Bosworth Toller's


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  • Ignorantia,

    ꝥ is nytennys,
      Angl. xi. 109, 40.
  • Ꝥ hé on his ylde of ðám yfelan slǽpe his ǽrran nytennysse áríse,

      Hml. A. 53, 81: Hml. S. 14, 36 : 25, 788.
  • Þý lǽs þe ǽnig ungecyrred woroldman mid his nytnesse and ungewitte regules geboda ábrǽce,

      Lch. iii. 442, 2.
  • Hé þurh his cildhádes nytenesse his ríce tóstencte,

      434, 26.
  • Ongeán þám ingehýde and gearawitolnesse þe of Godes ágenre gife cymð, se deófol sǽwð and sendeð nytennesse, Wlfst. 53, 18. I a.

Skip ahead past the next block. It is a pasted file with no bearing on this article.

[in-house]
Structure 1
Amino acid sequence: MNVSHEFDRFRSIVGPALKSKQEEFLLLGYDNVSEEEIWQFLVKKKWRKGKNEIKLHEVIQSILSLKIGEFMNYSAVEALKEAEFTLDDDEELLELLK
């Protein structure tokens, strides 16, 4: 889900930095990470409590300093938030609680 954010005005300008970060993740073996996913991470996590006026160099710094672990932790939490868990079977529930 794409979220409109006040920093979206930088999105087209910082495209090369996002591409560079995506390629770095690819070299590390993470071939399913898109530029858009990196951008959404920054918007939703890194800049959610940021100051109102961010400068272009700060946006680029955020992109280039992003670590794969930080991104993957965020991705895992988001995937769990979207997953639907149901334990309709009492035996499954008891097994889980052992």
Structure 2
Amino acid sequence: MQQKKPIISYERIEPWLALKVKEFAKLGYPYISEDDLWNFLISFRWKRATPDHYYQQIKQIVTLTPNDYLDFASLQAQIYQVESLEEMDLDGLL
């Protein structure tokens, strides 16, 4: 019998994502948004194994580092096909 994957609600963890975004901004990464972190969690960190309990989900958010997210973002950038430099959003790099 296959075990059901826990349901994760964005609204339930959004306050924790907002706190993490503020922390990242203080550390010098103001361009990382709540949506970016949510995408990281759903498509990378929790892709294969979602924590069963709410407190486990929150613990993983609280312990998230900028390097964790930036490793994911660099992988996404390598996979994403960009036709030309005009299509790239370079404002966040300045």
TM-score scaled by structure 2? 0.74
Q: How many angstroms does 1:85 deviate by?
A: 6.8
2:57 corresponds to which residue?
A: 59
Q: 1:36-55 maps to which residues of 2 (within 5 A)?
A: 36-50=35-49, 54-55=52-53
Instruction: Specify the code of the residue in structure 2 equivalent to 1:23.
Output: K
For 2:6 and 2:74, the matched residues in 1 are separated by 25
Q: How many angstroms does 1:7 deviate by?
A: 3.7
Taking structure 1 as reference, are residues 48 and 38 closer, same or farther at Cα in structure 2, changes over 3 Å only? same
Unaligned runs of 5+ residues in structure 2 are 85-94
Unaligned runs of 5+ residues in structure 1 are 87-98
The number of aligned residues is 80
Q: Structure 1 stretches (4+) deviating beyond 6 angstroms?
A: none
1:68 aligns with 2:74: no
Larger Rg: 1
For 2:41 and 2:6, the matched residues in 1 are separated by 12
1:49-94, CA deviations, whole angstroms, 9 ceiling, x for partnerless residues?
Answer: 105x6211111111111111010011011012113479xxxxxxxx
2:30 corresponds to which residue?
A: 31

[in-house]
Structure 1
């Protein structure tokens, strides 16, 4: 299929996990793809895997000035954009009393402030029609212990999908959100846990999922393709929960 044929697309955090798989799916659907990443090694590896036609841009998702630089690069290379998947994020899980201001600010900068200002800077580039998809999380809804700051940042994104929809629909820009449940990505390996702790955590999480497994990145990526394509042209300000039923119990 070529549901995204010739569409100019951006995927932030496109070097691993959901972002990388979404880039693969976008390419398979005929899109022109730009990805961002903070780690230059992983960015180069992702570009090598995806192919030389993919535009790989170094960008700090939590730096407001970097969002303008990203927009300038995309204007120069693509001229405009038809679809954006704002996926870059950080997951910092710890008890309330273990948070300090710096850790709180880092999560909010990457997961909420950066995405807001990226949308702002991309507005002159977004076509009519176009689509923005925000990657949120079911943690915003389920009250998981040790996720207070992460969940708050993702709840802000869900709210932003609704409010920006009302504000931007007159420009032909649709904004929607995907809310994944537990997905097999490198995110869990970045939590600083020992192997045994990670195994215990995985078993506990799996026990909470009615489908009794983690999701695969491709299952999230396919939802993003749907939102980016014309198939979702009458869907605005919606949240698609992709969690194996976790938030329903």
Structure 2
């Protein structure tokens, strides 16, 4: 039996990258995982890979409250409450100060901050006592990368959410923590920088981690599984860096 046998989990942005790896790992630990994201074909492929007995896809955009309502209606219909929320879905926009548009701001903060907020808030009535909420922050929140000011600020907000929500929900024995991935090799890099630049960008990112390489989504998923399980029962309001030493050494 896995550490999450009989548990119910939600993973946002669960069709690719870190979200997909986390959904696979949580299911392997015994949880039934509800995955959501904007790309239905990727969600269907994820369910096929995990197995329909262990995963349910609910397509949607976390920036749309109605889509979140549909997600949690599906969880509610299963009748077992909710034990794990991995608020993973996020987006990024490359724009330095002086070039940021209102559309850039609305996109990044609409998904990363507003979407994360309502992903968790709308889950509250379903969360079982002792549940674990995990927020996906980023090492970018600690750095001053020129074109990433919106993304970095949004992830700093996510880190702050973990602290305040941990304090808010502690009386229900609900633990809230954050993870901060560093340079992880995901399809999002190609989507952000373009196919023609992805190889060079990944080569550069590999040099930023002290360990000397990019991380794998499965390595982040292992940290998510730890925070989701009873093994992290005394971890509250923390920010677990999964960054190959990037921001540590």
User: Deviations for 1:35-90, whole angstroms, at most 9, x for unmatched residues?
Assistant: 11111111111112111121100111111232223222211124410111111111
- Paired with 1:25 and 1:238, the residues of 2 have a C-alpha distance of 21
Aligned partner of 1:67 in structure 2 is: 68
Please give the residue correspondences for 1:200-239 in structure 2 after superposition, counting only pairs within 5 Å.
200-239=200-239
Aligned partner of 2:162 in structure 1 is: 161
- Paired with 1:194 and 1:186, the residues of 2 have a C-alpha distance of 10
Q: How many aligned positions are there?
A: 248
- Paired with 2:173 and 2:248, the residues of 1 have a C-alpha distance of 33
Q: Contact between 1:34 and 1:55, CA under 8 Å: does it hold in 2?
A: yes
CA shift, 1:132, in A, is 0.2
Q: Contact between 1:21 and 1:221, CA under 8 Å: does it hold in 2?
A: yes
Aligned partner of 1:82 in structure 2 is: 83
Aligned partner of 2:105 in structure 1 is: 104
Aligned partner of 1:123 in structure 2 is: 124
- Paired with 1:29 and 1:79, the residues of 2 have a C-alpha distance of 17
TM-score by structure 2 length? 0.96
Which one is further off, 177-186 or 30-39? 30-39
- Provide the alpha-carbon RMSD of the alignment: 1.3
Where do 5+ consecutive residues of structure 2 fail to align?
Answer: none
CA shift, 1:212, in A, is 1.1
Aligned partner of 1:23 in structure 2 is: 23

want of knowledge on a particular point: — Nytennessa míne (ignorantias meas) ne gemun ðú, Ps. L. 24, 7. I b. a condition of not being known by others, a state of incognito :-- Þá gefylde Smaragdus on þǽre netennysse eahta and þryttig wintra Smaragdus (who was Euphrosyne in man's clothes) maintained her incognito for thirty-eight years,

      Hml. S. 33, 260.
Full form


  • nyten-ness,